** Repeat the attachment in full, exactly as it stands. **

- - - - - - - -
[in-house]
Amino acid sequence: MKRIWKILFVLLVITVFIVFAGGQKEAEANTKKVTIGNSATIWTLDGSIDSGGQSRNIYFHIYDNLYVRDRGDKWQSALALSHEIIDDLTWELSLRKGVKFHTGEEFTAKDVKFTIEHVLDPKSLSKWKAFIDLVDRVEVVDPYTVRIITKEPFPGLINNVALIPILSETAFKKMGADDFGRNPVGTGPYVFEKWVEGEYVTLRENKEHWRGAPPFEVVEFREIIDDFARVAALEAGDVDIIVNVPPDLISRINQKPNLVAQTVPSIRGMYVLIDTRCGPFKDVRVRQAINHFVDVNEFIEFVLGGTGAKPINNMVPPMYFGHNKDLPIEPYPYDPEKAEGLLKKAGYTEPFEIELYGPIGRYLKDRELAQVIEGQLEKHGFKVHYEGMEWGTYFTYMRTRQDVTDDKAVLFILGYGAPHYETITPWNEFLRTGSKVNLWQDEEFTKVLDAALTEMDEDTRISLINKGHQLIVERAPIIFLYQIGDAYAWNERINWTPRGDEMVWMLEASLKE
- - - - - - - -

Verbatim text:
[in-house]
Amino acid sequence: MKRIWKILFVLLVITVFIVFAGGQKEAEANTKKVTIGNSATIWTLDGSIDSGGQSRNIYFHIYDNLYVRDRGDKWQSALALSHEIIDDLTWELSLRKGVKFHTGEEFTAKDVKFTIEHVLDPKSLSKWKAFIDLVDRVEVVDPYTVRIITKEPFPGLINNVALIPILSETAFKKMGADDFGRNPVGTGPYVFEKWVEGEYVTLRENKEHWRGAPPFEVVEFREIIDDFARVAALEAGDVDIIVNVPPDLISRINQKPNLVAQTVPSIRGMYVLIDTRCGPFKDVRVRQAINHFVDVNEFIEFVLGGTGAKPINNMVPPMYFGHNKDLPIEPYPYDPEKAEGLLKKAGYTEPFEIELYGPIGRYLKDRELAQVIEGQLEKHGFKVHYEGMEWGTYFTYMRTRQDVTDDKAVLFILGYGAPHYETITPWNEFLRTGSKVNLWQDEEFTKVLDAALTEMDEDTRISLINKGHQLIVERAPIIFLYQIGDAYAWNERINWTPRGDEMVWMLEASLKE